Britain could have used the powers the EU gives it to remove EU migrants who were not working, studying or self-sufficient, writes Louis Carserides. It could even have cracked down on benefit payments in order to reassure those worried about the ‘costs’ of migration. But a lack of political will, as well as a desire to scapegoat the EU, meant that immigration became an open goal for Brexiteers.
Despite what some might say, the fact is that for many Brexit voters (note, not all), immigration was at the heart of the EU referendum. My intention is not to lambast those who voted to Leave as “take back control” racists, as some Remain supporters have done. It’s not fair, it’s dangerous and it’s polarising. However, Natcen research which surveyed nearly 3,000 British people shows that nearly three-quarters (73 per cent) of those who are worried about immigration voted Leave.
It is safe to say, then, that through the prism of the unrestricted movement of EU nationals into the UK, immigration was and is a cause of anxiety for many. And it is perfectly legitimate to raise genuine concerns about what immigration can mean for local communities, social infrastructure (at a time when the government fails to invest in it), and its impact on local wages in certain sectors.
The liberal ideal was one where goods and people could seamlessly flow across borders. Language would be shared, knowledge and insights imparted, and skills pooled. However, immigration – despite its benefits – has caused a degree of unease for many people. During a time of chronic social housing shortages, wage stagnation and a lack of high-skilled jobs, communities are not always coming together, but dividing; skills are not always being pooled, but pitted against each other; and languages not shared, but viewed as a marker of difference.
The EU referendum offered people an opportunity to voice their unease at the status quo. Liam Fox, Secretary of State for International Trade and President of the Board of Trade, told people that coming to a free trade agreement with the EU should be ‘one of the easiest in human history’; John Redwood MP said getting out of the EU can be ‘quick and easy’ as ‘the UK holds most of the cards’; and Boris Johnson said it would save people money and let them take back control.
The problem is people have been lied to since day one. The truth is that the UK never lost control. The unrestricted free movement of people was a domestic choice, not an instruction dictated to us by Brussels. Millions of people have wrongly diagnosed Brexit as a way to tackle immigration, when the reality is we can stay in the EU while addressing people’s concerns about immigration – with a ‘hard remain’.
According to EU law, no EU citizen has a fundamental nor unlimited right to move freely across Europe. To be lawfully resident in another EU Member State, European citizens need to be working, studying or able to prove they are self-sufficient. Otherwise they can be removed.
Admittedly the caveat here is that if someone is working, they have a right to be here. That’s true. But the British public have consistently demonstrated that they support immigration of highly skilled workers making a genuine contribution and paying their taxes. Skilled migrants are needed and have always been welcomed. However, polls also show that British people worry about people entering the country without jobs and claiming benefits. Yet in early June 2016 the European Court of Justice confirmed the right of Member States to refuse supplementary pensions, unemployment and child benefit to non-working EU migrants. Nigel Farage and co would have people believe that Brussels had been forcing governments to cough up millions in benefits, when the EU actually imposed restrictions around access to benefits for EU migrants.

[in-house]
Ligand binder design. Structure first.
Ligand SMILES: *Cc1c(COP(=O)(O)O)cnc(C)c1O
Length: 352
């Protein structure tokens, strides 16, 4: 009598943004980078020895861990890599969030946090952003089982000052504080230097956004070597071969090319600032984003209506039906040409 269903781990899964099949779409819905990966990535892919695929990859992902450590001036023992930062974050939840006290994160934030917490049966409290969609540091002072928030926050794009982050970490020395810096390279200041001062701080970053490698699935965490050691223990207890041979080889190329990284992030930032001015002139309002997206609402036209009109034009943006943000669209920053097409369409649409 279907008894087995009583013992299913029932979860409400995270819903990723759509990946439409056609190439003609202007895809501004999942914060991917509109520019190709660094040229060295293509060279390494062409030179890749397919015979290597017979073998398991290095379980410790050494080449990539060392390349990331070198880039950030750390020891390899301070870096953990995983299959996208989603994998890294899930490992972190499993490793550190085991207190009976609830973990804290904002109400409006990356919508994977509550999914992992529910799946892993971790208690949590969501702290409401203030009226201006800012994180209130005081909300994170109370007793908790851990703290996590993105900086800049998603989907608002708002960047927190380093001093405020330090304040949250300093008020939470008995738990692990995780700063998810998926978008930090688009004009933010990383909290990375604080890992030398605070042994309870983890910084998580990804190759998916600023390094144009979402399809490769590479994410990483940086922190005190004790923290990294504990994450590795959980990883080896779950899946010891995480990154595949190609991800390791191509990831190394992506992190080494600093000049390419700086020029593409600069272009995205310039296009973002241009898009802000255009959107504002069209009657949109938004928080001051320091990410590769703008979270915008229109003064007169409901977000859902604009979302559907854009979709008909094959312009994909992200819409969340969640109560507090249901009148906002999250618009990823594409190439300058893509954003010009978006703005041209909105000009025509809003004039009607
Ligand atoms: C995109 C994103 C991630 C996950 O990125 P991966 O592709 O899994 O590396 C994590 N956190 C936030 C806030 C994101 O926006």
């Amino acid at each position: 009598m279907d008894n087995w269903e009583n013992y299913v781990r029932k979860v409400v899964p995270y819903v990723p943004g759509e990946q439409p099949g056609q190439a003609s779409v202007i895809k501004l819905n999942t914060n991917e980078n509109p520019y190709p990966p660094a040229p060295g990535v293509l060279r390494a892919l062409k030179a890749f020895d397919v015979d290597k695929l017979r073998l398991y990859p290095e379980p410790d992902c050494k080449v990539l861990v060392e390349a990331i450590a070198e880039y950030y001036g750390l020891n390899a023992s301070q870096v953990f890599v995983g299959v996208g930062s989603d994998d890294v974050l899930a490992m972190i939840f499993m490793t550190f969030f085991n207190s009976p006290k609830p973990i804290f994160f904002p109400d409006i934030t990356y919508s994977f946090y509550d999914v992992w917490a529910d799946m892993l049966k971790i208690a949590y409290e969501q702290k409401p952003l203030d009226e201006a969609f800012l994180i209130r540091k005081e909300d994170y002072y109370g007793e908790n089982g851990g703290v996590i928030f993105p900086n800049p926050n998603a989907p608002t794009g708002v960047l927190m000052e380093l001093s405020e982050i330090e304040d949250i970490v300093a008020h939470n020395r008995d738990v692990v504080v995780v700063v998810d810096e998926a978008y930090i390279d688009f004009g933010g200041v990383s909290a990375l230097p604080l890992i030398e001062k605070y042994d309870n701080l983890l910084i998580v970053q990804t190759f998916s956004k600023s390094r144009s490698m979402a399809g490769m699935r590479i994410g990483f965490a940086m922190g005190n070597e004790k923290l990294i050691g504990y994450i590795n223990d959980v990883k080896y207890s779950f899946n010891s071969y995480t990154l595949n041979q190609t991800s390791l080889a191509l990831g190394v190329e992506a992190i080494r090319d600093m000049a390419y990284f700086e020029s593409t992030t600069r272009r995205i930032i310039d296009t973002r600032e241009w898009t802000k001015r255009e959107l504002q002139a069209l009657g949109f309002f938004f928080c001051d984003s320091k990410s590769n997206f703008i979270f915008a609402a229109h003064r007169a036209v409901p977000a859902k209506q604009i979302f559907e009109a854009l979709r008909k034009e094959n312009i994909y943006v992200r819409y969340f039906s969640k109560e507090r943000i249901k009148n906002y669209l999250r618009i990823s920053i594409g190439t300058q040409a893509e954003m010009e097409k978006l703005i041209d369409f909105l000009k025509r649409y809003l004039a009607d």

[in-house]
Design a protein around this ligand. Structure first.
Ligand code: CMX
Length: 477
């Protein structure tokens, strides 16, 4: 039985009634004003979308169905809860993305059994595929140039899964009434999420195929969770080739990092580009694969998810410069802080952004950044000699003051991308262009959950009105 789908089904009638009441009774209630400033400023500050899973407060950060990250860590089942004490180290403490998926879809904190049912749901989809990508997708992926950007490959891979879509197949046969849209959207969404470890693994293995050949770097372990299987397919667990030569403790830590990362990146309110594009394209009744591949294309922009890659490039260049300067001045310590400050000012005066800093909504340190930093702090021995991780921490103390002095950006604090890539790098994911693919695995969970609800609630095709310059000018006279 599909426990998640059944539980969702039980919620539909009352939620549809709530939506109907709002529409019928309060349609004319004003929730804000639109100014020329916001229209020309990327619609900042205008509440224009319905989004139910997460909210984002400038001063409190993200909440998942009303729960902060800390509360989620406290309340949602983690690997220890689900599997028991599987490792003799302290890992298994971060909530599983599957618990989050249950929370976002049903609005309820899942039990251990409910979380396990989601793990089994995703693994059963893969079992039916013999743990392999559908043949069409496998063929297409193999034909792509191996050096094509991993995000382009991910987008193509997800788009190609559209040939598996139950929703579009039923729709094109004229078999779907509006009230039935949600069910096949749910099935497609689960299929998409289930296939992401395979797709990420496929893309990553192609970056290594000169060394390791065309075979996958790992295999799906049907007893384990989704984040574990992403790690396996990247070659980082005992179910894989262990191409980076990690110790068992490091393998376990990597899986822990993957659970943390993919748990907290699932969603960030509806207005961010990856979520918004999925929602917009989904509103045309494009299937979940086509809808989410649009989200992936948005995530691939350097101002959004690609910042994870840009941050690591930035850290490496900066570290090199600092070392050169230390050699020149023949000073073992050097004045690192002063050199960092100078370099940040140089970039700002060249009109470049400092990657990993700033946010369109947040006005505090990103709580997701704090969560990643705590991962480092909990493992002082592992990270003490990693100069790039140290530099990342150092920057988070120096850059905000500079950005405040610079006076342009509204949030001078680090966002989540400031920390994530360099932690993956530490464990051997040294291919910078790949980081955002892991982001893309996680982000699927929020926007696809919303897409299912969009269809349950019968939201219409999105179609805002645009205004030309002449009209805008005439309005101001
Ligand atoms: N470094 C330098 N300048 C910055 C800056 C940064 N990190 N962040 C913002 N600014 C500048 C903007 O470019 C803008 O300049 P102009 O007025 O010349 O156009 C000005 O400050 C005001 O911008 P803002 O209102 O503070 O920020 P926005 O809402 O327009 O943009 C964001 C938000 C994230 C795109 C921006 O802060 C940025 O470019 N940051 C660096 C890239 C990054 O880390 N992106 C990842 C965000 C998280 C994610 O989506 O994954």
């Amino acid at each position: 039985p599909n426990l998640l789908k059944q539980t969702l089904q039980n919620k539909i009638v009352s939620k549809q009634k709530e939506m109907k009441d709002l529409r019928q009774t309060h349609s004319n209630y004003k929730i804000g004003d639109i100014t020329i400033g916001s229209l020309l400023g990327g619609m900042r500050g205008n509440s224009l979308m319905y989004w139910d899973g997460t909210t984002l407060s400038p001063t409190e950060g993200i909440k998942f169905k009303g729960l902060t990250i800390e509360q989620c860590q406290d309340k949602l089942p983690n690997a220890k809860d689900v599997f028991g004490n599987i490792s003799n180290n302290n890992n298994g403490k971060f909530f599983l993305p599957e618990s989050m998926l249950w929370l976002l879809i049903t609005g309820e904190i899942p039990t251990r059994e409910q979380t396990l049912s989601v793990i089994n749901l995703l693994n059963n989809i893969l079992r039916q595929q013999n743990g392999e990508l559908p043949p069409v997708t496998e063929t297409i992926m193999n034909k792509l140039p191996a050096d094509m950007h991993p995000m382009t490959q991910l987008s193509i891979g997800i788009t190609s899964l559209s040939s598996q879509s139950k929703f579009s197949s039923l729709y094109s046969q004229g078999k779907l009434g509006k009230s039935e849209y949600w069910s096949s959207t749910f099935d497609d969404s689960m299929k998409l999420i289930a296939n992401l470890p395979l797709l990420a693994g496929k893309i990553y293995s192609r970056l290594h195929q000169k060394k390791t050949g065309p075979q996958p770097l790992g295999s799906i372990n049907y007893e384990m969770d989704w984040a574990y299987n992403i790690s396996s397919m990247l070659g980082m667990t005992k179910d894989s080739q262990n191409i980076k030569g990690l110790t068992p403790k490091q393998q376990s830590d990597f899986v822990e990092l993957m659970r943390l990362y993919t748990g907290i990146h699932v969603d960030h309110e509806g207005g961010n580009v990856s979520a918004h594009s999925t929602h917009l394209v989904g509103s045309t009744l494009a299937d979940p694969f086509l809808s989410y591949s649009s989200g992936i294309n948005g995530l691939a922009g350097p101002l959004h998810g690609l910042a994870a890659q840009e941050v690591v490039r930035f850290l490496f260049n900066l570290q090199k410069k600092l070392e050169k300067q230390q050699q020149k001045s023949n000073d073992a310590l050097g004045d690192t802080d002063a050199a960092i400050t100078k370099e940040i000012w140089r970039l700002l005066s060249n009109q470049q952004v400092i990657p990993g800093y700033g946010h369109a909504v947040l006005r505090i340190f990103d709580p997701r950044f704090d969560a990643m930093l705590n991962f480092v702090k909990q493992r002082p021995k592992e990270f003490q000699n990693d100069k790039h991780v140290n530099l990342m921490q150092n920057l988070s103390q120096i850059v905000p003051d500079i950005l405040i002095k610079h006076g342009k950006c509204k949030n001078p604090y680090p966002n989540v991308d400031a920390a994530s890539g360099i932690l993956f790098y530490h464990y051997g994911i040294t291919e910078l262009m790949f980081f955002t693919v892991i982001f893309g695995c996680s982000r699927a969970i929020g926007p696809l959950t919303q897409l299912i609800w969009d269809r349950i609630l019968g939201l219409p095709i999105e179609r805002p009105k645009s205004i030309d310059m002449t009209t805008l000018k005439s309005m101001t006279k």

Consecutive British governments made the conscious decision not to enforce these rulings, rather than the EU taking that control away from them. They did this because they couldn’t be bothered to face up to the political challenge, nor invest the money for an identity card system and monitoring system for new migrants. It was easier for domestic governments to simply blame the EU for their failures.
One of the most shocking moments of the referendum campaign was Ukip’s infamous ‘Breaking Point’ poster, which was not just deceitful but will forever be an embarrassment to British politics. But even if Turkey did join the EU – which is almost unthinkable – older EU countries, like the UK, have the right to exercise “transitional arrangements” on new Member States who join the EU. Interestingly, the UK was one of only three ‘old’ Member States that chose to give citizens of the A8 countries full access to its labour market when those countries joined the EU in 2004.
For most people who voted Leave, immigration was a key issue in their decision – because they were misled into thinking the UK had no control of its borders. As a result, we have spent hundreds of millions of pounds and human resources trying to negotiate a deal that could make millions of people worse off. The sad truth is that we already have control – we just chose not to exercise it.
UK governments didn’t want to exercise those powers because of a combination of a lack of political will and the ease in which they could use the EU as a scapegoat for their failings. A “hard remain” would see the government mandated to actually exercise the power and controls it has always had.
This post represents the views of the author and not those of the Brexit blog, nor the LSE.
Louis Carserides (@louiscarserides) works for a Labour MP and is responsible for policy engagement and development with a particular focus on Brexit. He completed his MSc in Social Policy (Research) at the LSE.